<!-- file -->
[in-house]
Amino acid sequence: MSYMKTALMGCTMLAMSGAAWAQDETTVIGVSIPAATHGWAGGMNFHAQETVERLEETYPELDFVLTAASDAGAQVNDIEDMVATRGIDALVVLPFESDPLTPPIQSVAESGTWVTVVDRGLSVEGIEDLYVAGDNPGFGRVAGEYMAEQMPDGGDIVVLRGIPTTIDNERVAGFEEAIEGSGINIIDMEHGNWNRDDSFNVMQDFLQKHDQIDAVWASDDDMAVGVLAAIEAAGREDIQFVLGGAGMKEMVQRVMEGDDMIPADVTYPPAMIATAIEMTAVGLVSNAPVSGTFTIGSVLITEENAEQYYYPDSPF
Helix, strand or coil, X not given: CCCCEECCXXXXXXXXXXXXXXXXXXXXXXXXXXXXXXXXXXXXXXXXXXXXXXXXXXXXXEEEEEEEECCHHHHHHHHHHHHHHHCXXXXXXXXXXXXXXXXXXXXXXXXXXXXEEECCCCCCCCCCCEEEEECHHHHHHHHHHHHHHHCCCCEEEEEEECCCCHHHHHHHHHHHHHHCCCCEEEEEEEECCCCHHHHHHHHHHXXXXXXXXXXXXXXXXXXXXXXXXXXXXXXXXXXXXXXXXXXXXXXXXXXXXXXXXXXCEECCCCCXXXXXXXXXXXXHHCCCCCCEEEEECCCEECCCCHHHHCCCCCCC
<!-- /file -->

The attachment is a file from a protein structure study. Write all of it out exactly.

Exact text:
[in-house]
Amino acid sequence: MSYMKTALMGCTMLAMSGAAWAQDETTVIGVSIPAATHGWAGGMNFHAQETVERLEETYPELDFVLTAASDAGAQVNDIEDMVATRGIDALVVLPFESDPLTPPIQSVAESGTWVTVVDRGLSVEGIEDLYVAGDNPGFGRVAGEYMAEQMPDGGDIVVLRGIPTTIDNERVAGFEEAIEGSGINIIDMEHGNWNRDDSFNVMQDFLQKHDQIDAVWASDDDMAVGVLAAIEAAGREDIQFVLGGAGMKEMVQRVMEGDDMIPADVTYPPAMIATAIEMTAVGLVSNAPVSGTFTIGSVLITEENAEQYYYPDSPF
Helix, strand or coil, X not given: CCCCEECCXXXXXXXXXXXXXXXXXXXXXXXXXXXXXXXXXXXXXXXXXXXXXXXXXXXXXEEEEEEEECCHHHHHHHHHHHHHHHCXXXXXXXXXXXXXXXXXXXXXXXXXXXXEEECCCCCCCCCCCEEEEECHHHHHHHHHHHHHHHCCCCEEEEEEECCCCHHHHHHHHHHHHHHCCCCEEEEEEEECCCCHHHHHHHHHHXXXXXXXXXXXXXXXXXXXXXXXXXXXXXXXXXXXXXXXXXXXXXXXXXXXXXXXXXXCEECCCCCXXXXXXXXXXXXHHCCCCCCEEEEECCCEECCCCHHHHCCCCCCC